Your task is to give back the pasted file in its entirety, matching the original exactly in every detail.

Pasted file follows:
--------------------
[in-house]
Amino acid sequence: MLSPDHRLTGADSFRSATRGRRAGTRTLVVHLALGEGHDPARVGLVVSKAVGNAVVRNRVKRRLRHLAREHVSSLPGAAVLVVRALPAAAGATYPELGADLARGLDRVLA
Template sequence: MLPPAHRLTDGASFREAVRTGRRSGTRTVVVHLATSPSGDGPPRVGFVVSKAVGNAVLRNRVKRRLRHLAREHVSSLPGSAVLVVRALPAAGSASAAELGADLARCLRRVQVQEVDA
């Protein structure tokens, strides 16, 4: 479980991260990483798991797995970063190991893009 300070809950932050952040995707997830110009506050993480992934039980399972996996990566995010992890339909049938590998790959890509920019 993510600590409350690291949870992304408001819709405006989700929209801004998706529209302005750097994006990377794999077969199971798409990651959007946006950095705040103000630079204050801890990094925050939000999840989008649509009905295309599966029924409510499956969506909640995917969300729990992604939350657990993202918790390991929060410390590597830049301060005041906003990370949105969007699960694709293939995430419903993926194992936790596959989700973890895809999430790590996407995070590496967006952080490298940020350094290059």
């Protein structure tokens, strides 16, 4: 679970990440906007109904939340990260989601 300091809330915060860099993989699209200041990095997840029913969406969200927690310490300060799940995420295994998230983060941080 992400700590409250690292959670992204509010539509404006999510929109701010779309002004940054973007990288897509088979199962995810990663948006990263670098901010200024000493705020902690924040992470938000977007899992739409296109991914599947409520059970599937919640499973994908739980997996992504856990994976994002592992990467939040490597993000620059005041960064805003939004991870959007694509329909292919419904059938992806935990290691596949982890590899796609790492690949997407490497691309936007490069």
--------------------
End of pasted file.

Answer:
[in-house]
Amino acid sequence: MLSPDHRLTGADSFRSATRGRRAGTRTLVVHLALGEGHDPARVGLVVSKAVGNAVVRNRVKRRLRHLAREHVSSLPGAAVLVVRALPAAAGATYPELGADLARGLDRVLA
Template sequence: MLPPAHRLTDGASFREAVRTGRRSGTRTVVVHLATSPSGDGPPRVGFVVSKAVGNAVLRNRVKRRLRHLAREHVSSLPGSAVLVVRALPAAGSASAAELGADLARCLRRVQVQEVDA
């Protein structure tokens, strides 16, 4: 479980991260990483798991797995970063190991893009 300070809950932050952040995707997830110009506050993480992934039980399972996996990566995010992890339909049938590998790959890509920019 993510600590409350690291949870992304408001819709405006989700929209801004998706529209302005750097994006990377794999077969199971798409990651959007946006950095705040103000630079204050801890990094925050939000999840989008649509009905295309599966029924409510499956969506909640995917969300729990992604939350657990993202918790390991929060410390590597830049301060005041906003990370949105969007699960694709293939995430419903993926194992936790596959989700973890895809999430790590996407995070590496967006952080490298940020350094290059």
């Protein structure tokens, strides 16, 4: 679970990440906007109904939340990260989601 300091809330915060860099993989699209200041990095997840029913969406969200927690310490300060799940995420295994998230983060941080 992400700590409250690292959670992204509010539509404006999510929109701010779309002004940054973007990288897509088979199962995810990663948006990263670098901010200024000493705020902690924040992470938000977007899992739409296109991914599947409520059970599937919640499973994908739980997996992504856990994976994002592992990467939040490597993000620059005041960064805003939004991870959007694509329909292919419904059938992806935990290691596949982890590899796609790492690949997407490497691309936007490069």